Degree Type

Thesis

Date of Award

2010

Degree Name

Master of Science

Department

Agronomy

First Advisor

Jeremy W. Singer

Second Advisor

Kenneth J. Moore

Abstract

Chapter 3: Agronomic Response of Living Mulches in Continuous Corn with Stover Removal

A paper to be submitted to Agronomy Journal

Dustin R. Wiggans, Jeremy W. Singer, Kenneth J. Moore, and Kendall R. Lamkey

Corn stover provides producers a potential additional market for selling biomass for biomass production. However, corn stover returns nutrients to the soil, decreases soil erosion, and helps maintain soil properties. Long term stover removal has been determined to cause detrimental environmental effects (Wilhelm et al., 1986; Mann et al., 2002; Nelson, 2002). Perennial groundcovers or living mulches grow simultaneously with the main row crop and are maintained as living groundcover throughout the growing season. Groundcovers grown in the interrow of row crops may provide beneficial functions such as weed suppression, water infiltration, nutrient cycling, and carbon inputs, but should not disrupt corn development and productivity. The objective of this research was to evaluate management systems including living mulches grown in continuous corn with stover removal. Corn was planted into three perennial groundcovers: creeping red fescue (CF) (Festuca rubra L.), Kentucky bluegrass (KB) (Poa pratensis L.), and a mixture of creeping red fescue and white clover (MX) (Trifolium repens L.) in 2008 and 2009 near Ames, IA. Management treatments were fall strip tillage (ST) and no-tillage (NT), accompanied with either a pre-planting paraquat burn-down followed by two post-planting glyphosate applications (PQ), or a pre-planting glyphosate band followed by two post-planting glyphosate applications (RU). Grain yields ranged from 5620 (MX RU ST) to 11339 (KB PQ ST) kg ha-1 in 2008, and 7611 (CF RU NT) to 12768 (KB PQ NT) kg ha-1 in 2009. Kentucky bluegrass PQ ST produced similar yields compared to the control in 2008, and all treatments were similar to the control in 2009, except CF RU NT. Kentucky bluegrass PQ ST produced the greatest stover dry matter (DM) (6883 kg ha-1) in 2008, and KB PQ NT produced the most in 2009 (10862 kg ha-1), excluding the control. In both years the herbicide significantly affected grain yield and stover DM with PQ producing better yields than RU (except in the MX stover DM treatments in 2008). Tillage did not have similar effects. Kentucky bluegrass, paraquat herbicide, and either no-tillage or strip-tillage provide the most consistent response across these growing seasons and showed the greatest potential to implementing living mulches in corn bioenergy cropping systems.

Chapter 4: Corn Water Use in Living Mulch Systems with Stover Removal

A paper to be submitted to Agronomy Journal

Dustin R. Wiggans, Jeremy W. Singer, Kenneth J. Moore, and Kendall R. Lamkey

Corn stover returns nutrients to the soil, decreases soil erosion, and helps maintain overall soil properties. Additionally, corn stover may provide producers an additional market for selling biomass, but long term stover removal has been determined to cause detrimental environmental effects (Wilhelm et al., 1986; Mann et al., 2002; Nelson, 2002). Living mulches, or perennial groundcovers, grow simultaneously with the main row crop and are maintained as living groundcover throughout the growing season. Groundcovers grown in the interrow of row crops can provide beneficial functions such as weed suppression, nutrient cycling, and increase water infiltration, but should not disrupt corn development and productivity. The objectives of this research were to quantify soil and plant water use in continuous corn with and without a living mulch with stover removal. Corn was planted into living mulch groundcovers of creeping red fescue (CF) (Festuca rubra L.), and Kentucky bluegrass (KB) (Poa pratensis L.) in 2008 and 2009 near Ames, IA. Management was no-tillage (NT) with a pre-planting paraquat burn-down followed by two post-planting glyphosate applications (PQ) during the season. Kentucky bluegrass (P = 0.3743) was less competitive than CF (P = 0.0482) compared to a no living mulch control for soil water content (SWC) at the 15 cm soil depth during the vegetative growth period in 2008. Additionally in 2008, both KB (0.3681 m3 m-3) and CF (0.3696 m3 m-3) were significant compared to a no living mulch control (0.3473 m3 m-3) for SWC at the 15 cm soil depth during the post-maturity period. There were no significant affects on SWC at the 15 cm level among treatments in 2009. Soil water content at the 45 cm soil depth and soil temperature (ST) at the 15 cm soil depth were non-significant among treatments both years. Living mulch did affect leaf area index (LAI) at V6, V12, and R1 in 2008, and only at V6 in 2009. Carbon dioxide exchange rate (CER) and corn transpiration rate (TR) were not affected by groundcover either year. Reproductive water use efficiency (RWUE) for KB (50 and 41 g grain cm water-1) was greater compared to the control (41 and 36 g grain cm water-1) by 22 and 14% in 2008 and 2009, respectively. Kentucky bluegrass was less competitive than CF both years, and used water more efficiently during reproductive growth compared to a no-living mulch control. Therefore, KB demonstrates the greatest potential to implementing living mulches in a corn bioenergy cropping systems.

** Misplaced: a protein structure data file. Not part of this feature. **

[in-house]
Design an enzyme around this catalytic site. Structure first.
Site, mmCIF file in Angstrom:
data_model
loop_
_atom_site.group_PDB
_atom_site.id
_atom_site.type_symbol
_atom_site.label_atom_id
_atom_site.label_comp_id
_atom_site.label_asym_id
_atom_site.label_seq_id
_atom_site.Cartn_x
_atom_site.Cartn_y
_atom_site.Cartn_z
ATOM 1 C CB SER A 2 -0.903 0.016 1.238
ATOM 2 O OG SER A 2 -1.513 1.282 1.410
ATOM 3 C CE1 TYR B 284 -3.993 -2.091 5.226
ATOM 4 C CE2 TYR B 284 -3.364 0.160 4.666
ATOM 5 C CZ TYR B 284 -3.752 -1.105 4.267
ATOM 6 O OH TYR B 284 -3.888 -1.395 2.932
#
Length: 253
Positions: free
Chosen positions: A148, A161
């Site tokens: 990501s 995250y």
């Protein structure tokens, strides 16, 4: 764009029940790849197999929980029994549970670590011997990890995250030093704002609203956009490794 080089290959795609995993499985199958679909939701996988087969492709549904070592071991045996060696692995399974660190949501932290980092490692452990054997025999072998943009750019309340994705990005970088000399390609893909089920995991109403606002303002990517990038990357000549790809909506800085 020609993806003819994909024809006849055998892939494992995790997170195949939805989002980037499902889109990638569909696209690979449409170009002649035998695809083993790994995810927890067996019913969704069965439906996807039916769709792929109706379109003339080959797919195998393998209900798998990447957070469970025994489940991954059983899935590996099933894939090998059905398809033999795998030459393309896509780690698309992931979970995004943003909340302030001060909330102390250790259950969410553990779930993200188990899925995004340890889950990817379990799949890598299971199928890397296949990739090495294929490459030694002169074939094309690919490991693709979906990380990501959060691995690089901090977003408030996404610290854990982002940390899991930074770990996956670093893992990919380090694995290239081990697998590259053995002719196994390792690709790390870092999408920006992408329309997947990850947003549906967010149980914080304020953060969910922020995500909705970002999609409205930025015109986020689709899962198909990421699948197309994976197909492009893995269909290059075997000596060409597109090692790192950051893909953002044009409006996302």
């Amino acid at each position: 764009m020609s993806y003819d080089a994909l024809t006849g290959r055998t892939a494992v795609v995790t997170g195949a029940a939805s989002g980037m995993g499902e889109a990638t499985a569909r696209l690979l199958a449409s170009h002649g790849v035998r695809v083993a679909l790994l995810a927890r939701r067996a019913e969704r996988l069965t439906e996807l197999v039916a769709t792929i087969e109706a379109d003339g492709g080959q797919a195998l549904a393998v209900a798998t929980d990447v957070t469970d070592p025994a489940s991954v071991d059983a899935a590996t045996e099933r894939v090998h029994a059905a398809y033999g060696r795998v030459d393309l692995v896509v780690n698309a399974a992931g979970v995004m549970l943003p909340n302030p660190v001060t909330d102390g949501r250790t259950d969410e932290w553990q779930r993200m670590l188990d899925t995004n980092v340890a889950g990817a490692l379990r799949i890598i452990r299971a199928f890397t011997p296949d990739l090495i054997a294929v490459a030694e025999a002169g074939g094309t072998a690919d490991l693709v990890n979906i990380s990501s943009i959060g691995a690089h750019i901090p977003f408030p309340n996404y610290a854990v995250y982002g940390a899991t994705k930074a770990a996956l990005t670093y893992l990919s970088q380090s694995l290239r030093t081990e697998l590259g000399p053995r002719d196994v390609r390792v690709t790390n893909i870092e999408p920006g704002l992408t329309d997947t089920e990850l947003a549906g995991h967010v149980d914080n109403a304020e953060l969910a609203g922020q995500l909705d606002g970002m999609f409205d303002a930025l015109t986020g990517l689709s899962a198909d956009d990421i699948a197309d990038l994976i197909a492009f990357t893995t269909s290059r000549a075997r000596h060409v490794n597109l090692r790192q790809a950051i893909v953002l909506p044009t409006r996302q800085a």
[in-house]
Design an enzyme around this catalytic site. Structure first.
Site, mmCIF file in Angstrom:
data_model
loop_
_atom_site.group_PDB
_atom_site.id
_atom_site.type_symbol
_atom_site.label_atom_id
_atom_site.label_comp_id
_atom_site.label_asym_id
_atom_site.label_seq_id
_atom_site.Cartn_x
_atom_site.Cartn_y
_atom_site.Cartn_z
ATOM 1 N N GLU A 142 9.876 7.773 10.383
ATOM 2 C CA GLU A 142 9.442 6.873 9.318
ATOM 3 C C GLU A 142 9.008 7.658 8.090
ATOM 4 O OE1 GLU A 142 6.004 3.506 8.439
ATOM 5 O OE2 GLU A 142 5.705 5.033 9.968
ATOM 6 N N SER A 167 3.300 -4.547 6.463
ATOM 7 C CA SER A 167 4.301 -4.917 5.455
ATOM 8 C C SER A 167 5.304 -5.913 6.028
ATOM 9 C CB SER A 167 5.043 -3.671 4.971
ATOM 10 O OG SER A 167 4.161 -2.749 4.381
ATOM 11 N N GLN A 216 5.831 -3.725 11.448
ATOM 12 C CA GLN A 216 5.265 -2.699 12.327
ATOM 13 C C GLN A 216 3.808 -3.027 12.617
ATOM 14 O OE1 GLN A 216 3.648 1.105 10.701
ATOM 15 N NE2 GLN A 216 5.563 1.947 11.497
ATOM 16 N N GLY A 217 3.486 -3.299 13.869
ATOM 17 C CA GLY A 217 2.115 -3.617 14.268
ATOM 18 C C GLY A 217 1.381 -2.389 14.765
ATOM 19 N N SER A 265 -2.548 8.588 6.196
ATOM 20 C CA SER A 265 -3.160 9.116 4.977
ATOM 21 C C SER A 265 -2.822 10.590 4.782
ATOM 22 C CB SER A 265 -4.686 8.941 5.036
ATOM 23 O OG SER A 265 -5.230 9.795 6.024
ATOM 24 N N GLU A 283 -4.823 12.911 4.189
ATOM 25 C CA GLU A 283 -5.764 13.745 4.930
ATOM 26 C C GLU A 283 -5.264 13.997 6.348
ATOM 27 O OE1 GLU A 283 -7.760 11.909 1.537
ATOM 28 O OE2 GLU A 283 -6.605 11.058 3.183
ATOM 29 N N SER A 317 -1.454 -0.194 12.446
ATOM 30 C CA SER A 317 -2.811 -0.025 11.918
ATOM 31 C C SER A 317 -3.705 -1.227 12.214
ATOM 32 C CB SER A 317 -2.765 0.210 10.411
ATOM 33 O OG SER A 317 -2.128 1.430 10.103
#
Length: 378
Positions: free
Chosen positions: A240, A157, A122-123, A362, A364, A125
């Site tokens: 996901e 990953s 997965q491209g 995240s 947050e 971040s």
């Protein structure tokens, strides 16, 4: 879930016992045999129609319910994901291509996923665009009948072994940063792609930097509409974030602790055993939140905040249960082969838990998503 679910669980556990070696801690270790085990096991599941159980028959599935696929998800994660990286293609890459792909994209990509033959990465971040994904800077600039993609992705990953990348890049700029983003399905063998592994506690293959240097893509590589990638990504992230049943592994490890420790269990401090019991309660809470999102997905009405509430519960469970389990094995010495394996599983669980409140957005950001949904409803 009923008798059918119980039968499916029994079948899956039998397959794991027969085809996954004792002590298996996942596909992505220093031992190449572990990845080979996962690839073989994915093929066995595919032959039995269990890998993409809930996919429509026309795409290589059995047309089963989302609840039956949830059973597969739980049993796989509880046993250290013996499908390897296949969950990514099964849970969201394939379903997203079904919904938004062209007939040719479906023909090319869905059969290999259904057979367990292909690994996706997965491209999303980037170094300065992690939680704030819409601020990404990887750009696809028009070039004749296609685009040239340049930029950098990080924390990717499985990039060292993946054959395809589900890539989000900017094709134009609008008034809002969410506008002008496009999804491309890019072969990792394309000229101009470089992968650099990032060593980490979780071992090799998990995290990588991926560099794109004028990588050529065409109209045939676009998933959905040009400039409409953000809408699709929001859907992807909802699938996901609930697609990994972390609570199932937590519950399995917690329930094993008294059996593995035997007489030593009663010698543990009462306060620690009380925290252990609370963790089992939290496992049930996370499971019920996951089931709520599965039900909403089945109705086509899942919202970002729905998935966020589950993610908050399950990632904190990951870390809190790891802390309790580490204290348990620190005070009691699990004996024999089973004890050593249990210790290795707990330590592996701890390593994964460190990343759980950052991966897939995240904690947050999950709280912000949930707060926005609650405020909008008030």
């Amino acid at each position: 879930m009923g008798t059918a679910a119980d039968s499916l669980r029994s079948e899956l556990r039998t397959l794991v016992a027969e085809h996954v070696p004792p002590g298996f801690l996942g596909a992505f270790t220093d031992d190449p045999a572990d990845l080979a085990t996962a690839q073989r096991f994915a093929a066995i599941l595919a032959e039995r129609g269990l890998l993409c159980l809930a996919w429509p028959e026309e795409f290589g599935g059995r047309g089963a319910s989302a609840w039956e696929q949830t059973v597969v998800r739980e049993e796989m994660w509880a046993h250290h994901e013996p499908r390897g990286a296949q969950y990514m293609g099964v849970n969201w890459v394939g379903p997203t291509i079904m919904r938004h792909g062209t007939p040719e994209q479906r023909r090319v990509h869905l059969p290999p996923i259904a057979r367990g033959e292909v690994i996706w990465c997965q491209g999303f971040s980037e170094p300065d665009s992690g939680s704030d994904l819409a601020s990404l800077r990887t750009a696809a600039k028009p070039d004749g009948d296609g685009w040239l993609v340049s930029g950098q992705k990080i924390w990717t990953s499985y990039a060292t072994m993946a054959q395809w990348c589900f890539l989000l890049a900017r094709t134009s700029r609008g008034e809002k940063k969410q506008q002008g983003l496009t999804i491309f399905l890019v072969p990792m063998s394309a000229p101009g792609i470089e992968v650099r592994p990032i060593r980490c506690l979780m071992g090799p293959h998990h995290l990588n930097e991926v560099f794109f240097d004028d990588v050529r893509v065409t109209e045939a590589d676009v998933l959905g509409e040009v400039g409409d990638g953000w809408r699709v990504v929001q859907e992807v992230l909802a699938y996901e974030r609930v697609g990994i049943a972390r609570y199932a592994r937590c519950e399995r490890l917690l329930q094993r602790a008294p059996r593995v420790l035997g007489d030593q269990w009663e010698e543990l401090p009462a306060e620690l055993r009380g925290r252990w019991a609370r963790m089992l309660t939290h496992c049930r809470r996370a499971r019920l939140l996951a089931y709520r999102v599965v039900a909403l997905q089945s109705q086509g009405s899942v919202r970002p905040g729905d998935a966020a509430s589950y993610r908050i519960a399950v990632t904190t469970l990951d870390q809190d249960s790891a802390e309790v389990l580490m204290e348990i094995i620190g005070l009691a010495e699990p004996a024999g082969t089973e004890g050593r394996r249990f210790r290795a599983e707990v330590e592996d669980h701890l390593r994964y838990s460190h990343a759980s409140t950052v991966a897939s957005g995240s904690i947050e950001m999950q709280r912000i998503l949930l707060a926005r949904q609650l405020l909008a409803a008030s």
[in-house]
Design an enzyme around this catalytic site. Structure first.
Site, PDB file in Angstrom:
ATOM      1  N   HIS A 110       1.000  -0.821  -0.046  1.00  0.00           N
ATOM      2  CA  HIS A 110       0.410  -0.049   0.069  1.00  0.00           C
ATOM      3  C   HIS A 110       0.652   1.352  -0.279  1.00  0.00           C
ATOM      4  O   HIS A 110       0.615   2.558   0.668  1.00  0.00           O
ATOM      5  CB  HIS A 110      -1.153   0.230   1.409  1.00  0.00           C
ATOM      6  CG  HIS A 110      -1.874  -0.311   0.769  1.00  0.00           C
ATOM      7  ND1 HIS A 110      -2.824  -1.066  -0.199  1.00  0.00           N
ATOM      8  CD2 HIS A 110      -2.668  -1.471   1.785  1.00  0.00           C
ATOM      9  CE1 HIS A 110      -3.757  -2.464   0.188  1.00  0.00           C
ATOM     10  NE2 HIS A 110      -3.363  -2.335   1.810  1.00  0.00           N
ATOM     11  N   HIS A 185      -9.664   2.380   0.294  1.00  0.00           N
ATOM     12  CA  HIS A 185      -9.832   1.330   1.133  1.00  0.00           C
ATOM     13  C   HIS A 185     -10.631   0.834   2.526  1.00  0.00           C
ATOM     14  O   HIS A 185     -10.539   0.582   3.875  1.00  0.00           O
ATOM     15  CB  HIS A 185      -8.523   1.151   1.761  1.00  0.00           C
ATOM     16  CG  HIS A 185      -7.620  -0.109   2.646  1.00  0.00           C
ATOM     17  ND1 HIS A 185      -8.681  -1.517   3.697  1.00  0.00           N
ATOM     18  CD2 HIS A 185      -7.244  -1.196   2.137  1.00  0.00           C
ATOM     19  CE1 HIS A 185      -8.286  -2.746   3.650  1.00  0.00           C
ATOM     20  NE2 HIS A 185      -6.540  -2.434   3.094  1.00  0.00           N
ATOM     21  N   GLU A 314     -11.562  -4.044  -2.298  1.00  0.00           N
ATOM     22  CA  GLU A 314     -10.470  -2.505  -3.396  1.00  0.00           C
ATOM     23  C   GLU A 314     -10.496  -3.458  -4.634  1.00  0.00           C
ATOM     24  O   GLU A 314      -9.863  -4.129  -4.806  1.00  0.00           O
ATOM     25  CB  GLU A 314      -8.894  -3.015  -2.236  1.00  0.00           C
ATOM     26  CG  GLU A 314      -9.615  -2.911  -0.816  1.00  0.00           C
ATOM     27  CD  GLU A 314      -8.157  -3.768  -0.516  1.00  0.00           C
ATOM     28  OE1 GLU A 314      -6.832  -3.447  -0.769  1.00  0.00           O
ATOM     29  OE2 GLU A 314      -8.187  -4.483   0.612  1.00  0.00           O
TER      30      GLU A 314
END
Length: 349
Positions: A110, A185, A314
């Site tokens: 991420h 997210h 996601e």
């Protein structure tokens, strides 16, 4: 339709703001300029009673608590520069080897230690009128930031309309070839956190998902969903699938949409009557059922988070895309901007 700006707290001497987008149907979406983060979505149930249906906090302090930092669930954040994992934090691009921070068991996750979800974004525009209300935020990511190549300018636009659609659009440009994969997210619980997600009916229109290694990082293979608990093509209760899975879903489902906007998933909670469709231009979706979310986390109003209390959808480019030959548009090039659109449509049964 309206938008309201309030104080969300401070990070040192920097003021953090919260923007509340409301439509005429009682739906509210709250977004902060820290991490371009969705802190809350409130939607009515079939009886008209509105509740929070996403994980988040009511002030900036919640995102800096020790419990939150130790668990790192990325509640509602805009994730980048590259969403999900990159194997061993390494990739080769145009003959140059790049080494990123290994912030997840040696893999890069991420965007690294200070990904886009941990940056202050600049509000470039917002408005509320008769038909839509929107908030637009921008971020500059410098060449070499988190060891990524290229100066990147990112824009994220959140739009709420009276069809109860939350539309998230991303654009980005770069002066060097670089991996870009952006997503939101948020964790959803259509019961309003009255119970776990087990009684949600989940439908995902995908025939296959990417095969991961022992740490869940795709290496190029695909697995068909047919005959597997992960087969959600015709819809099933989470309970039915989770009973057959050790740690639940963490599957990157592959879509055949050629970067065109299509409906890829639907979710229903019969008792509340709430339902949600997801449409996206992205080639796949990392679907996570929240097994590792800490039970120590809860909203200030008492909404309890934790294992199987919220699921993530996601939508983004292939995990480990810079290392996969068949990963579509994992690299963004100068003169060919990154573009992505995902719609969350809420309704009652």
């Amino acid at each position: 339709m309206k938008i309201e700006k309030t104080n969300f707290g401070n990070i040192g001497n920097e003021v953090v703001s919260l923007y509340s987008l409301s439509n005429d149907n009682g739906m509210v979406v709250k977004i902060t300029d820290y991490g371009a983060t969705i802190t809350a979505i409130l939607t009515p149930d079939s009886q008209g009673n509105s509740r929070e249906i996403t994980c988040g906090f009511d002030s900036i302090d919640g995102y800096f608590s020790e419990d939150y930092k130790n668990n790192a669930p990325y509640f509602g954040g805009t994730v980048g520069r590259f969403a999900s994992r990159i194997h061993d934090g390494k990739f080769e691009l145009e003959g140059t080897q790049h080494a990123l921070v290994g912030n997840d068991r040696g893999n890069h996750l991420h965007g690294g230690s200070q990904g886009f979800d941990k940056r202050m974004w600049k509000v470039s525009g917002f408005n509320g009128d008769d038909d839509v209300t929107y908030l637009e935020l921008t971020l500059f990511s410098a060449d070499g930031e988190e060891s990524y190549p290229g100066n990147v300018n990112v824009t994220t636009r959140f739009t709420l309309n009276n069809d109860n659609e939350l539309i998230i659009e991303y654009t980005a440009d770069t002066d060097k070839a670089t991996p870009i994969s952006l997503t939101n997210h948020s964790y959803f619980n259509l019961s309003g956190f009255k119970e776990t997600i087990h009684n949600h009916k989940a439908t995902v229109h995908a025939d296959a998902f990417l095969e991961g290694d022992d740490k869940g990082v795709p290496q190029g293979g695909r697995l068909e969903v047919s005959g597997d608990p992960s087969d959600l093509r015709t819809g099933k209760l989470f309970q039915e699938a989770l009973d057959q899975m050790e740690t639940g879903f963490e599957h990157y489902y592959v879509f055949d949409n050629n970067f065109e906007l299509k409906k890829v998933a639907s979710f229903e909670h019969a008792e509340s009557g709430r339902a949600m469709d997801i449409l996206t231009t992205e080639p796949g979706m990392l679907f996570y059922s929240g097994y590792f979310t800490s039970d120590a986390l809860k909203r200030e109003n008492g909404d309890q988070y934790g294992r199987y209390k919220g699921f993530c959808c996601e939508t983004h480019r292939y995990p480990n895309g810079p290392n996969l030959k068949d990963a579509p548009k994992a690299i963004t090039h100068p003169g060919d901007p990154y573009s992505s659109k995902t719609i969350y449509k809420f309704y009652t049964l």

Copyright Owner

Dustin R. Wiggans

Language

en

Date Available

2012-04-30

File Format

application/pdf

File Size

113 pages

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